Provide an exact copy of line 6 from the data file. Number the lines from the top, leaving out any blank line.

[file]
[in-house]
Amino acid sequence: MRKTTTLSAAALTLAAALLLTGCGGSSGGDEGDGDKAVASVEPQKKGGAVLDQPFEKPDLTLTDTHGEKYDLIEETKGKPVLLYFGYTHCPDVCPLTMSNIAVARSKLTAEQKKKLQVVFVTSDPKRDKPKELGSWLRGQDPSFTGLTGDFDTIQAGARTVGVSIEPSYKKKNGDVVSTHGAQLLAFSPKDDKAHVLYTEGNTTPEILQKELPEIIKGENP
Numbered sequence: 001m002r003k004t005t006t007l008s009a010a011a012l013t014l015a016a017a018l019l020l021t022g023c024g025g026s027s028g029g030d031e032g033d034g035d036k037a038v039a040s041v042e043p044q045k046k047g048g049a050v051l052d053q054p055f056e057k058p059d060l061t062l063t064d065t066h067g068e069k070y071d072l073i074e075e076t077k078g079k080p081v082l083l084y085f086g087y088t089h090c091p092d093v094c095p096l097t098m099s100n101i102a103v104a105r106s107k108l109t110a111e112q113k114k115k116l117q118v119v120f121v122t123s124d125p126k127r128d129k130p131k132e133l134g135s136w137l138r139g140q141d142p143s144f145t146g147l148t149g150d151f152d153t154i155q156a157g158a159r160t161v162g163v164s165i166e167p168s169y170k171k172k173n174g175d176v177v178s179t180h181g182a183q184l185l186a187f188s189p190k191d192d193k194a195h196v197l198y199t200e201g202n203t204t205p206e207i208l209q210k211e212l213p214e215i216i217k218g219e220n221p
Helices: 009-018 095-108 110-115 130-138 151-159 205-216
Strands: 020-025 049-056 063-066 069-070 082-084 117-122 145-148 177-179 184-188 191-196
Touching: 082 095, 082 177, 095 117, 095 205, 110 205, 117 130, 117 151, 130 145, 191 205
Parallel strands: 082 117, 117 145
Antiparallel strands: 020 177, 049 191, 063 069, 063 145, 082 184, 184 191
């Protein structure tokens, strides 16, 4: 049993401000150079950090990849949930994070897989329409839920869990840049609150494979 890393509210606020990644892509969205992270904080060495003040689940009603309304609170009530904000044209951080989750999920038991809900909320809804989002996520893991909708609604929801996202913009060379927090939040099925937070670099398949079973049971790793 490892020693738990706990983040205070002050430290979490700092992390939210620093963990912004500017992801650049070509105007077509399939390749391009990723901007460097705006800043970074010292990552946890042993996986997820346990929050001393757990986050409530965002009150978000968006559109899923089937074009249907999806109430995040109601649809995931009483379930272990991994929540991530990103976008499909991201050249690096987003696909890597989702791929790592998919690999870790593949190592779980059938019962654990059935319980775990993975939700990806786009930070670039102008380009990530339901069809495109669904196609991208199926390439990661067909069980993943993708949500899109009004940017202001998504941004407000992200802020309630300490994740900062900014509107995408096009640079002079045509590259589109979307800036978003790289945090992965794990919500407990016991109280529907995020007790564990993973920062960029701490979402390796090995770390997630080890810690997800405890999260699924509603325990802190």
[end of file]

Touching: 082 095, 082 177, 095 117, 095 205, 110 205, 117 130, 117 151, 130 145, 191 205